Pratt and Whitney lox/lh2 rocket engine. 290 kN. Development. Isp=472s. Advanced, high-performance upper-stage rocket engine proposed by Pratt & Whitney for both domestic and international launch vehicles.
The the RL-50 was an advanced, high-performance upper-stage rocket engine that was being developed by Pratt & Whitney for both domestic and international launch vehicles. The RL-50 was to meet future launch vehicle requirements for increased payload delivery capability, improved launch system operability and enhanced system cost effectiveness. It provided more than twice the thrust of existing upper-stage Lox/LH2 engines. The RL-50 was to have been available in 2003, and incorporated modern technologies to simplify the engine and decrease costs.
Engine: 500 kg (1,100 lb). Thrust to Weight Ratio: 59. Oxidizer to Fuel Ratio: 5.5. Restarts: 2.
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Unfuelled mass: 500 kg (1,100 lb).
Thrust: 290.00 kN (65,190 lbf).
Specific impulse: 472 s.
Associated Manufacturers and Agencies
Lox/LH2 Liquid oxygen was the earliest, cheapest, safest, and eventually the preferred oxidiser for large space launchers. Its main drawback is that it is moderately cryogenic, and therefore not suitable for military uses where storage of the fuelled missile and quick launch are required. Liquid hydrogen was identified by all the leading rocket visionaries as the theoretically ideal rocket fuel. It had big drawbacks, however - it was highly cryogenic, and it had a very low density, making for large tanks. The United States mastered hydrogen technology for the highly classified Lockheed CL-400 Suntan reconnaissance aircraft in the mid-1950's. The technology was transferred to the Centaur rocket stage program, and by the mid-1960's the United States was flying the Centaur and Saturn upper stages using the fuel. It was adopted for the core of the space shuttle, and Centaur stages still fly today. More...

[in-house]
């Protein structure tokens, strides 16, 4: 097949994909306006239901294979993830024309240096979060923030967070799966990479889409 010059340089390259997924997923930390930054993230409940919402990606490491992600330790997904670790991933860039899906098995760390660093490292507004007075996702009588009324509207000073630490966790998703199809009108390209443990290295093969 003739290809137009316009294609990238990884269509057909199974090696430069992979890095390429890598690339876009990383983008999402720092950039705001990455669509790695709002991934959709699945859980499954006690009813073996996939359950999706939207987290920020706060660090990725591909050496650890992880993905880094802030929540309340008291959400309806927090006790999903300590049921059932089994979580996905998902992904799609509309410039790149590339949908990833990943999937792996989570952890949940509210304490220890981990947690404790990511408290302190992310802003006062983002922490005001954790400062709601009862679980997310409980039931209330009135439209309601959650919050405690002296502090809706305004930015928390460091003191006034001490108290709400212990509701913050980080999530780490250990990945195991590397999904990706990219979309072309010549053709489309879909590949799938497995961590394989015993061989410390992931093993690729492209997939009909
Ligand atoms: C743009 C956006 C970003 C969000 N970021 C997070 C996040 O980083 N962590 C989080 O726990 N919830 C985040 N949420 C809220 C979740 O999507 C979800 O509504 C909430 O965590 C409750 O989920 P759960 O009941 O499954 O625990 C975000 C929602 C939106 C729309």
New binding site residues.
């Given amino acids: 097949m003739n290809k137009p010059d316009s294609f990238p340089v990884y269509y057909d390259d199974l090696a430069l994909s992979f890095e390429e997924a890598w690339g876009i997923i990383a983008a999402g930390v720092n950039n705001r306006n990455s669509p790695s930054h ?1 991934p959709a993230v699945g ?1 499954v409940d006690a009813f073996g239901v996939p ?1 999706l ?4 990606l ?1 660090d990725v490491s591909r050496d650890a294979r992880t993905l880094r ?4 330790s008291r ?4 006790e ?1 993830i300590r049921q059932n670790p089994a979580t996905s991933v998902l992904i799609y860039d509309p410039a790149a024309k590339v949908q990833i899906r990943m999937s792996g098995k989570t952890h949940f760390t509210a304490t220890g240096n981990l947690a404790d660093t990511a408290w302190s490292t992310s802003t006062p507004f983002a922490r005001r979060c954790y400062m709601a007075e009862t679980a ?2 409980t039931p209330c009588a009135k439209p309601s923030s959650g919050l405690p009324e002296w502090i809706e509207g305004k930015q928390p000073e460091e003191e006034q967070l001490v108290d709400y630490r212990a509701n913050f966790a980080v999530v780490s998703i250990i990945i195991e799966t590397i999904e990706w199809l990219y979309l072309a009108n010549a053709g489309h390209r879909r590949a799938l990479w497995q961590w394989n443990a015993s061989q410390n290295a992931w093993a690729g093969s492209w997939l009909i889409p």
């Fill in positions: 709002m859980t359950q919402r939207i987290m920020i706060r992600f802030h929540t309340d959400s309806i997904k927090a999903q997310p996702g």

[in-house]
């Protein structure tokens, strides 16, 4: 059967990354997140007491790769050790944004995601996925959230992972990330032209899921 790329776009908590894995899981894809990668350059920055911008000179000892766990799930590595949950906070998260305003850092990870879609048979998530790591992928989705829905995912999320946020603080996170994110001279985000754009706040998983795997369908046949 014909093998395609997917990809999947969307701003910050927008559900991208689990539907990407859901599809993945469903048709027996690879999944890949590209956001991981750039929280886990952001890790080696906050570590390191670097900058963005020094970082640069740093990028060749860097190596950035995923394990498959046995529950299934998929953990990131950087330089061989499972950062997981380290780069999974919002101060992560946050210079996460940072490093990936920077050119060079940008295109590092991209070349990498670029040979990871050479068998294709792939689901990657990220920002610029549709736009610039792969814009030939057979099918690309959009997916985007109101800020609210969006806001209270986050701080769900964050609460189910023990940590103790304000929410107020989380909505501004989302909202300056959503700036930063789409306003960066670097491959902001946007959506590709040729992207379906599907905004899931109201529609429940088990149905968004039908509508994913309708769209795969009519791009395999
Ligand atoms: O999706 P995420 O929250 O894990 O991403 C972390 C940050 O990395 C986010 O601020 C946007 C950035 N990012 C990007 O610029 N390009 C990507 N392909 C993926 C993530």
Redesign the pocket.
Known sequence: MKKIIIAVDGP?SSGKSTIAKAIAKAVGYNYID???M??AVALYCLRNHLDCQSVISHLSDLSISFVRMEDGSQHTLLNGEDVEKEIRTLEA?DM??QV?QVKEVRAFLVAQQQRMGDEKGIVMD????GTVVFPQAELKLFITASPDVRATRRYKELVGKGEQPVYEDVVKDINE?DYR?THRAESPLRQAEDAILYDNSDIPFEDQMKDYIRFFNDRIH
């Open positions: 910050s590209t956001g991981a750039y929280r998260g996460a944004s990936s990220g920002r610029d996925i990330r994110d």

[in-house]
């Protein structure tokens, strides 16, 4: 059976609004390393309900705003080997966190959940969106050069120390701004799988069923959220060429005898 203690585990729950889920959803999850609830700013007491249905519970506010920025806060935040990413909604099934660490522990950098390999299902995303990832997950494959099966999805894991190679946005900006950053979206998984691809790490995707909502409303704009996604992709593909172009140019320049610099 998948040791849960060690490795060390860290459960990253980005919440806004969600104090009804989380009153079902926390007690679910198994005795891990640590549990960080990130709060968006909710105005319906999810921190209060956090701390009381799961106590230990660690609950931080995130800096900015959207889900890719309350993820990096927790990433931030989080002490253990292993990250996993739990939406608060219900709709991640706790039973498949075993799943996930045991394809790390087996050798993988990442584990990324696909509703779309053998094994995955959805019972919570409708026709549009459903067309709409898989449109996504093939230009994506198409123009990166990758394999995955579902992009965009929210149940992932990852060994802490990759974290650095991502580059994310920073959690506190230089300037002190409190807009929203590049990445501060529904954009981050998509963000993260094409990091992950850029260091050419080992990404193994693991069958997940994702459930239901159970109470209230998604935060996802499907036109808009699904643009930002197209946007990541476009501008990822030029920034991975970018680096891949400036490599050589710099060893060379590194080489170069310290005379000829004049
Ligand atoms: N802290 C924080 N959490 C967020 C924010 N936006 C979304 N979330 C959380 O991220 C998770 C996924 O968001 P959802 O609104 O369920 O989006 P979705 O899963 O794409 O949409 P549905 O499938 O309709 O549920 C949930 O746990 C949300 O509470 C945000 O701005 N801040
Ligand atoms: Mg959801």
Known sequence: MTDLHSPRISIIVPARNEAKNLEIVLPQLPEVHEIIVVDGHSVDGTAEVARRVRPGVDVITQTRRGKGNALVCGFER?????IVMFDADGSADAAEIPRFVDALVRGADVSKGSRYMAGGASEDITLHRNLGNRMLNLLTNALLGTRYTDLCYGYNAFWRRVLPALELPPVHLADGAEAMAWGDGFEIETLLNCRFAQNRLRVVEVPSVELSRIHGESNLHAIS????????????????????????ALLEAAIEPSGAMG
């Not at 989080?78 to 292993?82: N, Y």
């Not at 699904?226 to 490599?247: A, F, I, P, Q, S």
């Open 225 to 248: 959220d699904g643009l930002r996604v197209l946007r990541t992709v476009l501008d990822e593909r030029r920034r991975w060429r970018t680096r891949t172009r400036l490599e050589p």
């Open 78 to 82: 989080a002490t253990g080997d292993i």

Pratt & Whitney Home Page, Web Address when accessed: here.
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